);

Current Rants

What Can’t You Do?

Today, for the umpteenth time, I had a someone in all seriousness ask “What can’t you do?” or “What can’t your product do?” I absolutely hate this question, not because it isn’t somewhat valid, but because it is completely open-ended. I immediately get frustrated and want to reply with “Well, it can’t whip up a milkshake. It can’t leap tall buildings in a single bound. It can’t fix politics. It can’t make julienne fries. It can’t solve world peace. In general, it can’t fix stupid.”

So let me take a second to break down this extremely nebulous question “What can’t you do?” into a few of the ways this can be interpreted:

Meaning #1: “I’m smarter than you so let me see if I can trap you into revealing any ugly warts that exist that salespeople never tell us about.”

Yeah. I’ve been there. I’ve worked with smarty-pants customers who think they know more about migration than what I’ve accumulated in over 15 years of being in this business. This is what this rant is all about.

Here’s the thing… There is no version of any parallel universe where I’m going to say to a customer “Yep. You got me! Our stuff doesn’t work. We are just trying to take your money, then help you kick off a project that is going to take way too long for which you will pay us anyway because otherwise, it makes you look like YOU made a bad choice and are incompetent in your job.” Clearly, that statement doesn’t work for anybody.

So let me tell you the secret about most (reputable) software vendors out there… We all think our product works! Look, I’m a stand-up guy. Maybe I’m old school, but my word and my reputation are important to me! I wouldn’t be working for any company where I didn’t think that the product they were selling provided tangible value or otherwise could make the world better somehow.

So yeah, if you come at me with this intended meaning, then my response is going to be something along the lines of the answer you give when you go to a job interview and they ask “What is your biggest flaw?”. I’m going to be polite and find something minor that really doesn’t impact your decision just to give you an answer! But really, this answer is just as vague as the question you asked! Because, in the end, I go into every deal thinking that we can really help these people! On the rare occasion that I don’t think we can help, I have even been accused of being a “deal-prevention” tool when the solution doesn’t make sense for the customer! Poor sales guys are just trying to make a buck and I’m popping off on a “better way” that doesn’t use our solution right on a sales call! Fortunately… that’s rare.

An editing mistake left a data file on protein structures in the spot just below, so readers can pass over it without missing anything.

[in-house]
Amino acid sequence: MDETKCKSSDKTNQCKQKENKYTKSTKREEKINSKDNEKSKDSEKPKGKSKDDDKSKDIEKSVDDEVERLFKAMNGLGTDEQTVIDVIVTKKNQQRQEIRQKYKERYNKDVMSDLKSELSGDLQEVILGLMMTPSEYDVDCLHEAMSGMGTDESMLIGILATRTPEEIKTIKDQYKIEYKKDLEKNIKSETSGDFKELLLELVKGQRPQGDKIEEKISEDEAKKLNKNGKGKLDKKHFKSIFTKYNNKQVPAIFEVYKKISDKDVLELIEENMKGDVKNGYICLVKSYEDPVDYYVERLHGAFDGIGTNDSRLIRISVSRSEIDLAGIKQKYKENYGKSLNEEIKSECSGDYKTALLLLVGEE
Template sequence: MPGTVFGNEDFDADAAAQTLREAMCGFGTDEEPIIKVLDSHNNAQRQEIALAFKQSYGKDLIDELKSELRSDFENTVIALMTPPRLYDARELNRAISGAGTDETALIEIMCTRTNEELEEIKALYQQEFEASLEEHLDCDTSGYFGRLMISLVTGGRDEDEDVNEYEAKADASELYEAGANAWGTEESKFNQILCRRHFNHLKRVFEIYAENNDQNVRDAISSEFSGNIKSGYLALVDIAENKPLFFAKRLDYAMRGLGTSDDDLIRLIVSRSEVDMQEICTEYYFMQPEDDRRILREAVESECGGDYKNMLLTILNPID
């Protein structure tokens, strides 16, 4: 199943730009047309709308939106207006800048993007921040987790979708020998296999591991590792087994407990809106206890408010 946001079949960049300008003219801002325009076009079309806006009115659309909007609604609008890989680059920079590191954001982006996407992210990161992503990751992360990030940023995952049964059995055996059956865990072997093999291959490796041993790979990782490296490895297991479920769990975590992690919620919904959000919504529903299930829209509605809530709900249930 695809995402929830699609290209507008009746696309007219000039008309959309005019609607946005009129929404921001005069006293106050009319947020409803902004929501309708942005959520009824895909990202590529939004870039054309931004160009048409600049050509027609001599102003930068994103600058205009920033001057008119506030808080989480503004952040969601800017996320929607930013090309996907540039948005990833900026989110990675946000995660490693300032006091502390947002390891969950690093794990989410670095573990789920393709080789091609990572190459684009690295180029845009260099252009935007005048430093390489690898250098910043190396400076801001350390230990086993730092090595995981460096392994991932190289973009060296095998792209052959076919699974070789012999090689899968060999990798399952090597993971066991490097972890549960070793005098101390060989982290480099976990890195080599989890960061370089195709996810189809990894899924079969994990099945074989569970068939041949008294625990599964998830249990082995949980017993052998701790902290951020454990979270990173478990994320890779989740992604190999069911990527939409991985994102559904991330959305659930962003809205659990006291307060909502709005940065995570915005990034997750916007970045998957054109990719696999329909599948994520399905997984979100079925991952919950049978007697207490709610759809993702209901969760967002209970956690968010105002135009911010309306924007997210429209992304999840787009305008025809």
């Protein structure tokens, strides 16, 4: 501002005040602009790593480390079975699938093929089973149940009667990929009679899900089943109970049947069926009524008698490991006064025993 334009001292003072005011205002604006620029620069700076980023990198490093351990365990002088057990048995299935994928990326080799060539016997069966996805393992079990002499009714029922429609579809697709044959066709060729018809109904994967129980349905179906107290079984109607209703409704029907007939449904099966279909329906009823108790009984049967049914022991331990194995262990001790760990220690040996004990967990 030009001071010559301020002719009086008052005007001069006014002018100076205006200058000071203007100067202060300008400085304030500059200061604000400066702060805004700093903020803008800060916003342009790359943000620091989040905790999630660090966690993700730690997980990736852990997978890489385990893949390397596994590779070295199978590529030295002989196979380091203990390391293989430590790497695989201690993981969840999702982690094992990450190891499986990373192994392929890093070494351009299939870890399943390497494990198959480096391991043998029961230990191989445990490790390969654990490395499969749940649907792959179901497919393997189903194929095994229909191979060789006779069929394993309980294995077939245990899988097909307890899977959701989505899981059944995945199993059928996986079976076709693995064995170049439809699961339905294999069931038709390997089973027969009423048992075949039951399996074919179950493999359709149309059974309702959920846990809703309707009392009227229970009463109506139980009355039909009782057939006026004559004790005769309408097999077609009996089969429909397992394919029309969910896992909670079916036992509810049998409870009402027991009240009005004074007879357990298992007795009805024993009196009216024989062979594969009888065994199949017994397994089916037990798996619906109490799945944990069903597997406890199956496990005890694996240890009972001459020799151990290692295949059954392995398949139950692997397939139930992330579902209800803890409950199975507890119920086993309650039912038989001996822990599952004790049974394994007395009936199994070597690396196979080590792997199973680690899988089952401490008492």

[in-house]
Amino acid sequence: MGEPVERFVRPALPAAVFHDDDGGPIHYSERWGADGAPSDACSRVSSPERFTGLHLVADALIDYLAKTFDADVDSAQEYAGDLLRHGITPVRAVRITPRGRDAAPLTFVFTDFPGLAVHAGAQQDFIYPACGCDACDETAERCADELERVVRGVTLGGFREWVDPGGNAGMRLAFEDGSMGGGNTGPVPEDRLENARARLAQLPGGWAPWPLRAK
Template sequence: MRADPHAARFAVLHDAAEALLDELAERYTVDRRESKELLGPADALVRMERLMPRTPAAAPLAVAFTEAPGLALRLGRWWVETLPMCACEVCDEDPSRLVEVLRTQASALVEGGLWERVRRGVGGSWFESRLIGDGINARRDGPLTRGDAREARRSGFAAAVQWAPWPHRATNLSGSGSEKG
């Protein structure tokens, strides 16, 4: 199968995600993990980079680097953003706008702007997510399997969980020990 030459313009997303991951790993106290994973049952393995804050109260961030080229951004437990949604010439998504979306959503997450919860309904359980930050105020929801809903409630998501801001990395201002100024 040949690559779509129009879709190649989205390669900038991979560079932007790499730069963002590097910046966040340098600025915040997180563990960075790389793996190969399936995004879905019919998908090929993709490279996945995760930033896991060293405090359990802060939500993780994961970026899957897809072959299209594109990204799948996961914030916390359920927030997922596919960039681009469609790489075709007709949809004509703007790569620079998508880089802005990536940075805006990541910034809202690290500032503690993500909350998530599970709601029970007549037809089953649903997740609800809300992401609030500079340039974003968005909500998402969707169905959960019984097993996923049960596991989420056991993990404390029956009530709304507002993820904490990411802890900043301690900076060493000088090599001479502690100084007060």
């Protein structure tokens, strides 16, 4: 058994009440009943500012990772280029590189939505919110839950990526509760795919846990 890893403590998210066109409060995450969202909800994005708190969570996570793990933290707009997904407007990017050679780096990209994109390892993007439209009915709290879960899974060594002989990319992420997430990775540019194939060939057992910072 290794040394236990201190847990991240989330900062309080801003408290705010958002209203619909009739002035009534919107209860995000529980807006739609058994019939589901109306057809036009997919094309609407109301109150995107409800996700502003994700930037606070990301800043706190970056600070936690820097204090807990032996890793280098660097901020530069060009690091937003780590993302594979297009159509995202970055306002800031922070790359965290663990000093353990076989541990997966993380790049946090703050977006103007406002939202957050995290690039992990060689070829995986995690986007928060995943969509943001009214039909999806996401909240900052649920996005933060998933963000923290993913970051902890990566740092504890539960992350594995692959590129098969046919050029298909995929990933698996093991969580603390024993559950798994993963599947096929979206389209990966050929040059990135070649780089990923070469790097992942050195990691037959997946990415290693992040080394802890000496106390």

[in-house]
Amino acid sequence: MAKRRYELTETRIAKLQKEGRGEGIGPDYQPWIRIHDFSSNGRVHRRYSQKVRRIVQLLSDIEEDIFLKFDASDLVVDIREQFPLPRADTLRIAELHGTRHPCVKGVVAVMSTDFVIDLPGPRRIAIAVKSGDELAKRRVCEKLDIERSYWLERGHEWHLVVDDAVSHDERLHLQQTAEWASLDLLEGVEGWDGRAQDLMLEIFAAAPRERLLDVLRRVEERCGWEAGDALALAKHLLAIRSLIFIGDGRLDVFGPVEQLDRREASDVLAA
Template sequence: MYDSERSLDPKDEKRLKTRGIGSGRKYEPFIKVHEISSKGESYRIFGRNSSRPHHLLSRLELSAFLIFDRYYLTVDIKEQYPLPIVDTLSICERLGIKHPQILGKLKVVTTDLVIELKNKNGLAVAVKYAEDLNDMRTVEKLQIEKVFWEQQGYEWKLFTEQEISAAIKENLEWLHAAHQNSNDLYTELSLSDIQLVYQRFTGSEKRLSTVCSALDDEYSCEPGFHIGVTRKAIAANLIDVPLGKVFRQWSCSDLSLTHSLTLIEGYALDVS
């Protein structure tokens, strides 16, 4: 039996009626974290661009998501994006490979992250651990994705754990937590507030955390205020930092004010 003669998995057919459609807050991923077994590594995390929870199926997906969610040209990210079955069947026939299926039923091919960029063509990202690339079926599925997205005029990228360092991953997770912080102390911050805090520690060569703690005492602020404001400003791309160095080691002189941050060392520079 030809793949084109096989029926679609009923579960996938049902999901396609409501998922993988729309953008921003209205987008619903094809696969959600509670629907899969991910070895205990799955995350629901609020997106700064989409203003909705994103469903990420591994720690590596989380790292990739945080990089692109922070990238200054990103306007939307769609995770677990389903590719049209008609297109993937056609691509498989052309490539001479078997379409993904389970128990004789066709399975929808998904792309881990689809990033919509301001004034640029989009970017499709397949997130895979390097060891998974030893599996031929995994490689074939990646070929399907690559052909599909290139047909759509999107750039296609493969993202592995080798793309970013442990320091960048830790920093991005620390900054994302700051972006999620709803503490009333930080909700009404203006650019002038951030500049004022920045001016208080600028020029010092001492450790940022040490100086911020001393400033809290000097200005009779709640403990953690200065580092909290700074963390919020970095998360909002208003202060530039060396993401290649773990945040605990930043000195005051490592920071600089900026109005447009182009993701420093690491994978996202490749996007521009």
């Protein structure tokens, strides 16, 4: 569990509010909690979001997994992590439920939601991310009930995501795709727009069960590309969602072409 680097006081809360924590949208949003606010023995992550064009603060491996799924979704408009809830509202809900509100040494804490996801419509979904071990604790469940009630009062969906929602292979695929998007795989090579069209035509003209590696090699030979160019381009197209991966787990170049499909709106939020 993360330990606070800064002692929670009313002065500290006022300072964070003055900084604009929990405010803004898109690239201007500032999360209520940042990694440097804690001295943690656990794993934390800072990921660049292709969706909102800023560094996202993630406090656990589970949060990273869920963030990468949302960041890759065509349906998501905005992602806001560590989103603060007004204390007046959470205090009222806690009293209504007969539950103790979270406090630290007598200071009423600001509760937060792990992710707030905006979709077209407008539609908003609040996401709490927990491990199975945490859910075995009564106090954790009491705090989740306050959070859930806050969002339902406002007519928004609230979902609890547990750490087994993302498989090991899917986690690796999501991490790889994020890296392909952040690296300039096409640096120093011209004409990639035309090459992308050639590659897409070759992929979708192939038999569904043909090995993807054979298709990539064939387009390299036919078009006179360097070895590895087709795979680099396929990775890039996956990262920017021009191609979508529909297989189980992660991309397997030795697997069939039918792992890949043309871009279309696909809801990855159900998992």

Meaning #2: “I’m cheap and really just want to milk you for all the free consulting advise you will give me while I hold your PO hostage during the pre-sales cycle.”

Oh man. Now you’ve done it! [Jumps up on soap-box]. Here’s the thing folks. I have mastered the art of migration through pain, suffering and scar tissue, again, throughout the course of the 15+ years I’ve been in IT (after completing my Air Force tour). The knowledge I have didn’t come free or easy but it is extremely valuable! Just like your time is valuable, Mr. Customer, my time is precious. I believe in an honest day’s work for an honest wage. Good people who believe in those traditional values don’t try to squeeze people to get something for nothing.